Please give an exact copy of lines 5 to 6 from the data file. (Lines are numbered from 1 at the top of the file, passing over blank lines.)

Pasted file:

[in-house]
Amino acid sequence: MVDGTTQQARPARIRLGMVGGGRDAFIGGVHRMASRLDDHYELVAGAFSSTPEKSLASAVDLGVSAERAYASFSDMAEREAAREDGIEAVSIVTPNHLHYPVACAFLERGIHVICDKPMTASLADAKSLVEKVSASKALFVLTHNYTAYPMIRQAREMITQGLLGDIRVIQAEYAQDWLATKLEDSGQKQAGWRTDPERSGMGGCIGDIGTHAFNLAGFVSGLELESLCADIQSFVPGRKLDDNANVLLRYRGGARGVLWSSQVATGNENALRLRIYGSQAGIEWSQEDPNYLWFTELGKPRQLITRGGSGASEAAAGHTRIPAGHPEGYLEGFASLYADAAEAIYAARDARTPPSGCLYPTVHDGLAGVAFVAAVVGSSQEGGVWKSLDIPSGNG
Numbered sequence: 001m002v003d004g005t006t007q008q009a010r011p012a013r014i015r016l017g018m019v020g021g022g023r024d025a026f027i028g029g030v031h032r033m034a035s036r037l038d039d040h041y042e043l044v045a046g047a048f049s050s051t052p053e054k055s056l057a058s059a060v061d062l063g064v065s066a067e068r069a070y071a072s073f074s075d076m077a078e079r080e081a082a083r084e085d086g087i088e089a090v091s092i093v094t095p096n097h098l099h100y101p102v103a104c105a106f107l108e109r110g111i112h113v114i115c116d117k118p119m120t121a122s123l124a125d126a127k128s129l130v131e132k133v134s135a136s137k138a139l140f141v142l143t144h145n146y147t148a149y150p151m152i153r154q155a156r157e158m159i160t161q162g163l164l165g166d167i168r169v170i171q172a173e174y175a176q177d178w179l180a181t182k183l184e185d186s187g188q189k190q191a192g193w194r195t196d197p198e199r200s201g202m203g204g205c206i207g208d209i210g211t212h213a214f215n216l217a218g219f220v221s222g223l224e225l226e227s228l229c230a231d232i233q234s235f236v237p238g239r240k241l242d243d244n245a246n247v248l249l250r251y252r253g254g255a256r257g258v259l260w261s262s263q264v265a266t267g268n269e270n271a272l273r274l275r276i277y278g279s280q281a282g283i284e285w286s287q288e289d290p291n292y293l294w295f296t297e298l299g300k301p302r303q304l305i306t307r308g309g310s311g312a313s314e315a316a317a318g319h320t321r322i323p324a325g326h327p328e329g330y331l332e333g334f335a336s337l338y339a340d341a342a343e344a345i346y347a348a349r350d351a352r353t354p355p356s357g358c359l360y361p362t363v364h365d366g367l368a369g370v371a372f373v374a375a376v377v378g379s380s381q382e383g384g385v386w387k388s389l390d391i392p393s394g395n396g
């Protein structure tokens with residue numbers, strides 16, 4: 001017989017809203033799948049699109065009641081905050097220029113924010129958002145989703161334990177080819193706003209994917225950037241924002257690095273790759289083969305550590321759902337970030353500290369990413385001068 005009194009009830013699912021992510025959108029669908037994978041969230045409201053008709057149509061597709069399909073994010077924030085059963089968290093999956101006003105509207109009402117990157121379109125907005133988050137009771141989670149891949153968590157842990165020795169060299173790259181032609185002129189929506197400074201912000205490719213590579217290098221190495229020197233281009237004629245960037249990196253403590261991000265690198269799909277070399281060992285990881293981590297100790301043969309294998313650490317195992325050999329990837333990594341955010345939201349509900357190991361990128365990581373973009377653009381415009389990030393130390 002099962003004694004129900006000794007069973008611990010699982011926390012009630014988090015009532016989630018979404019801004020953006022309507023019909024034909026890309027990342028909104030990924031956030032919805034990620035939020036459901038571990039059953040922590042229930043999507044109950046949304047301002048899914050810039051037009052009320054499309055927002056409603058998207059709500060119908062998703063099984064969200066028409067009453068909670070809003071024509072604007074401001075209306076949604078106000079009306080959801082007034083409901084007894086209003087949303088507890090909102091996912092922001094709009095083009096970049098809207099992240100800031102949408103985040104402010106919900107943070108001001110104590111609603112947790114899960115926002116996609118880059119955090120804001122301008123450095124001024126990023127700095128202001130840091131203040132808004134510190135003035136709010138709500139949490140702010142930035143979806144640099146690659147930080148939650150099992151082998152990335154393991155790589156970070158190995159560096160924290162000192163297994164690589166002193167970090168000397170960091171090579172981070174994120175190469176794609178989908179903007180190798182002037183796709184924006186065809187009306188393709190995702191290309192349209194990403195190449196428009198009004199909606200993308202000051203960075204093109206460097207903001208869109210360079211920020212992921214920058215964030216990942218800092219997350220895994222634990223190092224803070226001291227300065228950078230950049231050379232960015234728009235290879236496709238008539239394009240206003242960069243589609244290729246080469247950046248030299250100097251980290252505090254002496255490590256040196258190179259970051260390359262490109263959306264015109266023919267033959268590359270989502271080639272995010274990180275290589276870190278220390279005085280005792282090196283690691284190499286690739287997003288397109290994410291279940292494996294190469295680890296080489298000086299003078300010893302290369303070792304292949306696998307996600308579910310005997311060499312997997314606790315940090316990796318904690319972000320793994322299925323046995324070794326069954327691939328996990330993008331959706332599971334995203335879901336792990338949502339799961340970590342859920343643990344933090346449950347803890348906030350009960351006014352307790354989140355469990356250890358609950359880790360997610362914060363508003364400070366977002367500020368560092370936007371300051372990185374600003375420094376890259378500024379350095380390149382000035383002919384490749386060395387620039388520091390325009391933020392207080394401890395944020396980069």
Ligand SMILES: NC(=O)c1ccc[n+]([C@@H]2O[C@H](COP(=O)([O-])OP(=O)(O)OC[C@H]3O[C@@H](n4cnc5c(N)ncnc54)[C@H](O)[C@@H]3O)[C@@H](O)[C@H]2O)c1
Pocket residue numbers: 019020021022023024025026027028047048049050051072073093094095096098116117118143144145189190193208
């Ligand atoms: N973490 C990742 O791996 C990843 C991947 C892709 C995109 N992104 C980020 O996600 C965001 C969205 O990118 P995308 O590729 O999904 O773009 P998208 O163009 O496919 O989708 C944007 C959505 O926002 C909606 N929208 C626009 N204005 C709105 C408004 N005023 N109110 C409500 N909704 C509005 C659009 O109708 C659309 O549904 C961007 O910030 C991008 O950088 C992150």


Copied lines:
Ligand SMILES: NC(=O)c1ccc[n+]([C@@H]2O[C@H](COP(=O)([O-])OP(=O)(O)OC[C@H]3O[C@@H](n4cnc5c(N)ncnc54)[C@H](O)[C@@H]3O)[C@@H](O)[C@H]2O)c1
Pocket residue numbers: 019020021022023024025026027028047048049050051072073093094095096098116117118143144145189190193208